cognitoUser.getSession(function(err, result) {
cognitoUser.updateAttributes(attributeList, function(err, result) {


User Management with AWS Cognito (2/3) The Core Functionality "IndyWatch Feed Education"

The Complete AWS Web BoilerplateTutorial 1B

Main Table of Contents Click Here
Part A: Initial Setup
Part B: The Core Functionality
Part C: Last Steps to Full Fledged

Download the Github here.

The Javascript Cognito SDK

Great! You should only be here if you finished the initial setup for Cognito and Federated Identities. Now that we have everything set up, its time to walk through the Javascript code. Download the Kangzeroo boilerplate on Github and be sure to enter the Cognito branch where we will be doing our work.

$ git clone
$ cd Kangzeroos-Complete-AWS-Web-Boilerplate
$ git checkout Cognito
$ cd App

The boilerplate uses the Amazon-Cognito-Identity-JS library found on github. This library makes it really easy to use programatic AWS Cognito, but the same functionality can be found in the native aws-sdk. So lets go and install our dependencies and load up the app.

$ npm install
$ npm run start

AWS Profile Setup

Navigate to App/src/components/Auth where we will find all the React components related to Cognito authentication. Yes, this tutorial uses React, but you can easily apply the same lessons to other JS frameworks. Go to App/src/api/aws/aws-cognito.js which is where the bulk of the AWS Cognito code resides. Lets take a look at the dependencies and how we can setup our own AWS profile.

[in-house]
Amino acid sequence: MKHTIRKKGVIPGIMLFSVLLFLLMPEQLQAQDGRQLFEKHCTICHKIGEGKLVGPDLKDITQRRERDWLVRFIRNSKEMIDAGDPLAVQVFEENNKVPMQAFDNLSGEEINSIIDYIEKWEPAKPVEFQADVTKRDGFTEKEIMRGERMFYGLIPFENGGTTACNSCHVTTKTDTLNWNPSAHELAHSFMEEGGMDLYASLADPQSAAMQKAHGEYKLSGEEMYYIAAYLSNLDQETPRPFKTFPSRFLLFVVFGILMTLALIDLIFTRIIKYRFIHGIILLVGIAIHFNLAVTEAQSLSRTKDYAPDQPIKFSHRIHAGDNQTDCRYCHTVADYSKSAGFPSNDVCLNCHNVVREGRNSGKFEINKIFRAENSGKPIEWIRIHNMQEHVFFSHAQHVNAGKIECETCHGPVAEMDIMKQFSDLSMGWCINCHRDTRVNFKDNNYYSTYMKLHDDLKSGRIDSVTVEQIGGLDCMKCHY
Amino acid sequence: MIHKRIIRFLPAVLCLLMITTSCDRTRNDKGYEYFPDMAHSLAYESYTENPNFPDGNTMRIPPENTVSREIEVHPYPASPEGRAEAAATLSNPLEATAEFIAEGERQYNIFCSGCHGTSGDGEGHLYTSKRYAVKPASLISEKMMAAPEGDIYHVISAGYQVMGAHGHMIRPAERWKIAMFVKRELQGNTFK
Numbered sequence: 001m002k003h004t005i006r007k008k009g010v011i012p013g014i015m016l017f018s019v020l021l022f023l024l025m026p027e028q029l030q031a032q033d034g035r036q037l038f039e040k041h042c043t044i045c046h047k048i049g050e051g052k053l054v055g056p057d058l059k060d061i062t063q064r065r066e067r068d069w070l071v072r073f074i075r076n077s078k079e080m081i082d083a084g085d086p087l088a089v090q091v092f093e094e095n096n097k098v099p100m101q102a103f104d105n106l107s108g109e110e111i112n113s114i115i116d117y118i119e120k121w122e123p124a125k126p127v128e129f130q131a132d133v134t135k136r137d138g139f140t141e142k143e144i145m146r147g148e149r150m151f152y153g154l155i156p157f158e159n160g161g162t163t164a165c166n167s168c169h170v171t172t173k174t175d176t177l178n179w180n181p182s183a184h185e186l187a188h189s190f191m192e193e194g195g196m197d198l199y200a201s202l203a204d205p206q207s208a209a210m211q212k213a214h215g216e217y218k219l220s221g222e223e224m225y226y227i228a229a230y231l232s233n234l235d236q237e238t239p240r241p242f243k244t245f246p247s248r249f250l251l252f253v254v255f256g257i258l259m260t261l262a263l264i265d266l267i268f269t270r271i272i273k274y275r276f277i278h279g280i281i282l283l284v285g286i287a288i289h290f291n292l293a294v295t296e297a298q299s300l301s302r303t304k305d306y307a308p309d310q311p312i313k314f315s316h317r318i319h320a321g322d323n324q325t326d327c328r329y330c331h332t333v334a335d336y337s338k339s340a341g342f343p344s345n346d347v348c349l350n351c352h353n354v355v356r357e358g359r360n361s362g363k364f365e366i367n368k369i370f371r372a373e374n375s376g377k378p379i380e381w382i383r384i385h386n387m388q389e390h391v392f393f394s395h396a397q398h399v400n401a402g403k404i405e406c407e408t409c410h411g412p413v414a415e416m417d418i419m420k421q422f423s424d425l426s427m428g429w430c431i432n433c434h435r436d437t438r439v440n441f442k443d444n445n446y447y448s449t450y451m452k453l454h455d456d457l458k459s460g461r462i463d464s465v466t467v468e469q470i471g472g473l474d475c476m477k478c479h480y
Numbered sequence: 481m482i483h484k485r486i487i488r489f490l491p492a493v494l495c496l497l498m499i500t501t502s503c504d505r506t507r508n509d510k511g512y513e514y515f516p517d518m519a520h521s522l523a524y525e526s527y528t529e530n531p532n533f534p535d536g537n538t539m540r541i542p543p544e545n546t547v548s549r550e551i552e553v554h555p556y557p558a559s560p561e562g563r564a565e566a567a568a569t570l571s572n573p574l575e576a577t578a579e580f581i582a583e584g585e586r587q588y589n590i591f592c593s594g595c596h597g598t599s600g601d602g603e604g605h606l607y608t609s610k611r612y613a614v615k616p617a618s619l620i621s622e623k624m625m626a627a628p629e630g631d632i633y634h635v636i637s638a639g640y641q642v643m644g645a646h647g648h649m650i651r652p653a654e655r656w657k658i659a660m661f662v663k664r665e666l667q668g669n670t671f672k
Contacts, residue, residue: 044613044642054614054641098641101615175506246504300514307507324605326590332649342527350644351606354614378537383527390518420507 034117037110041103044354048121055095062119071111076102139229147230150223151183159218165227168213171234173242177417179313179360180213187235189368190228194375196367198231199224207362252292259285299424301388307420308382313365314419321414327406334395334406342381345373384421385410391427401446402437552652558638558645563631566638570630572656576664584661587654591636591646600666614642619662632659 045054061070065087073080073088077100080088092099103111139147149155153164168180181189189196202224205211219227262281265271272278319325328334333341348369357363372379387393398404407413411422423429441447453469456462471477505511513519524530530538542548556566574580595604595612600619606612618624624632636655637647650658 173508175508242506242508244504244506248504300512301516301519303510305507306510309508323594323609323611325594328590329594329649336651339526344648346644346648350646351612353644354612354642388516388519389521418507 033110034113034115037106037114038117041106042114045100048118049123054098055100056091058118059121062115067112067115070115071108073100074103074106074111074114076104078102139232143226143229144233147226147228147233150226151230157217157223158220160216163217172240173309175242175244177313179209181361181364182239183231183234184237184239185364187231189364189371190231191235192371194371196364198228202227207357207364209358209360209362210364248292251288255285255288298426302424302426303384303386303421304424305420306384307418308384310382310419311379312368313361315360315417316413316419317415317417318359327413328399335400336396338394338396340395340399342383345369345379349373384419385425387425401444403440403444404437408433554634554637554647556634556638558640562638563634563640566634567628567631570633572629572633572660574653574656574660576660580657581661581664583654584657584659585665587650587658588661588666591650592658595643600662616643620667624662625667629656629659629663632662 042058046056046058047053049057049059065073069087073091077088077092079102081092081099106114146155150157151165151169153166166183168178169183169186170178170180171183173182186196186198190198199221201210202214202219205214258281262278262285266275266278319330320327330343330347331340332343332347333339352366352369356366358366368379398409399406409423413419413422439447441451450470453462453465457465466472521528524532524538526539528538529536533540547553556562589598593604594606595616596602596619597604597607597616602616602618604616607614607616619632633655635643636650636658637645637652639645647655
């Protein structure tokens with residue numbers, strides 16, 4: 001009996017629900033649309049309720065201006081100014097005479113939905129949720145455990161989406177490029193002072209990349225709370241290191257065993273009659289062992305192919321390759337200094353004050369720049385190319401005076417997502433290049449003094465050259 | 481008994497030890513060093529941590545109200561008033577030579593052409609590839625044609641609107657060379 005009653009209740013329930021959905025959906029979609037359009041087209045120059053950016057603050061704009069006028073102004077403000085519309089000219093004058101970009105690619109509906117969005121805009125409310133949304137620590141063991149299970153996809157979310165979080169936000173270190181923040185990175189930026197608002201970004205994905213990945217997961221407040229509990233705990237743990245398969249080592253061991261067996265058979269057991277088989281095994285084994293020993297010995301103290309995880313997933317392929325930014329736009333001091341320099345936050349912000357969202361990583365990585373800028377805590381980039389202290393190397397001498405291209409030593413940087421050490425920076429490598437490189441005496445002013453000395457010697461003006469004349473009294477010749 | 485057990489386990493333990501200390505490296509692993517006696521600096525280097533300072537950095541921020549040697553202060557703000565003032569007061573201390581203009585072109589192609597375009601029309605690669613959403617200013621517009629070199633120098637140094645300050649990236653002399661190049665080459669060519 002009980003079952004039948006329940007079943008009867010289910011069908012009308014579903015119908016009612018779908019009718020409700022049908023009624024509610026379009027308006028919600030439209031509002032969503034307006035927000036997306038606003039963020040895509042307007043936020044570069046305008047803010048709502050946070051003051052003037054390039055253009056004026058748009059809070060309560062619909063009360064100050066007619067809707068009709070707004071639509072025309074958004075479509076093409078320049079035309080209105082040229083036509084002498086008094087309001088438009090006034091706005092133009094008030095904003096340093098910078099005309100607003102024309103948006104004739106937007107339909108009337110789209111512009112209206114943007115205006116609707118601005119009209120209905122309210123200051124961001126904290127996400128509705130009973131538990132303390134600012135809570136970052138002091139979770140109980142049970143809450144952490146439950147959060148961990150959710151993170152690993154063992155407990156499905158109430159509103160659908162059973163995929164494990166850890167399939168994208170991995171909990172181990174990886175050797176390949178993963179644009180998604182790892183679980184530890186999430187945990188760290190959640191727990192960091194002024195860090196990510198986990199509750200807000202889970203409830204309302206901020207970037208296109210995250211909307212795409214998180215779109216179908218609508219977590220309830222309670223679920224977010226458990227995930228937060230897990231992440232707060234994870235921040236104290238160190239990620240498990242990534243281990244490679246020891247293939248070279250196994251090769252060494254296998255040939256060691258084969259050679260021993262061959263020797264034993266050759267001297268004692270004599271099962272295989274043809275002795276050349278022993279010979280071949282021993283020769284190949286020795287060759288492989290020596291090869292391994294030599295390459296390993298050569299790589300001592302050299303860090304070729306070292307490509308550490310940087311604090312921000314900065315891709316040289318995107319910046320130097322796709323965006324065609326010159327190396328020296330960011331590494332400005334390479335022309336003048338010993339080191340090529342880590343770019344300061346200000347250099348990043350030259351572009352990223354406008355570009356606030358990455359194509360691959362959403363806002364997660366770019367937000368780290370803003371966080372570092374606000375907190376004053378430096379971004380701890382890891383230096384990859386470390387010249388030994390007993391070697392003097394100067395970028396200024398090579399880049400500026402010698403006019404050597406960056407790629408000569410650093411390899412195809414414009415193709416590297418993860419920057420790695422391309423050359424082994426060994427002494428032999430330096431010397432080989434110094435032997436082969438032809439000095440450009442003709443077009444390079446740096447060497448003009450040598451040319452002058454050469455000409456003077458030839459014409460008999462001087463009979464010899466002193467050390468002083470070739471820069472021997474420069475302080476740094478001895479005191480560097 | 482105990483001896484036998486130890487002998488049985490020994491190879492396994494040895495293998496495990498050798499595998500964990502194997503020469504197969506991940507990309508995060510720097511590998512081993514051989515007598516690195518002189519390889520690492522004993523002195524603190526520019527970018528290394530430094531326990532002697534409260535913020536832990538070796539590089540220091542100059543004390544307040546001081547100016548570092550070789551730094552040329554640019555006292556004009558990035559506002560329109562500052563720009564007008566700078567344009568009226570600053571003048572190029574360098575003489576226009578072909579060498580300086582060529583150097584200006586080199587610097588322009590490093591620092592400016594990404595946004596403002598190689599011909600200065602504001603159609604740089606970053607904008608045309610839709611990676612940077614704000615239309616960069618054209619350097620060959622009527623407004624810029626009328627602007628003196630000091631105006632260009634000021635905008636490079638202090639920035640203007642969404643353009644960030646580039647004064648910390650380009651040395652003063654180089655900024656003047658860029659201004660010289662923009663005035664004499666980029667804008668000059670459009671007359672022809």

// aws-cognito.js
import { CognitoUserPool, CognitoUserAttribute, CognitoUser, AuthenticationDetails, CognitoIdentityCredentials, WebIdentityCredentials } from 'amazon-cognito-identity-js';

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Monday, 20 November


Austerity is punishing an entire generation where are the voices of the youth sector? "IndyWatch Feed Education"

Sundays Guardian carried a letter signed by over a hundred leading academics and activists, The chancellor must end austerity now it is punishing an entire generation. We publish it in full below and ponder why we still await a similar, impassioned call from the youth sectors leadership?


The violence of austerity cover - cropped

Ta to


Seven years of austerity has destroyed lives. An estimated 30,000 excess deaths can be linked to cuts in NHS spending and the social care crisis in 2015 alone. The number of food parcels given to impoverished Britons has grown from tens of thousands in 2010 to over a million. Children are suffering from real-terms spending cuts in up to 88% of schools. The public sector pay cap has meant that millions of workers are struggling to make ends meet.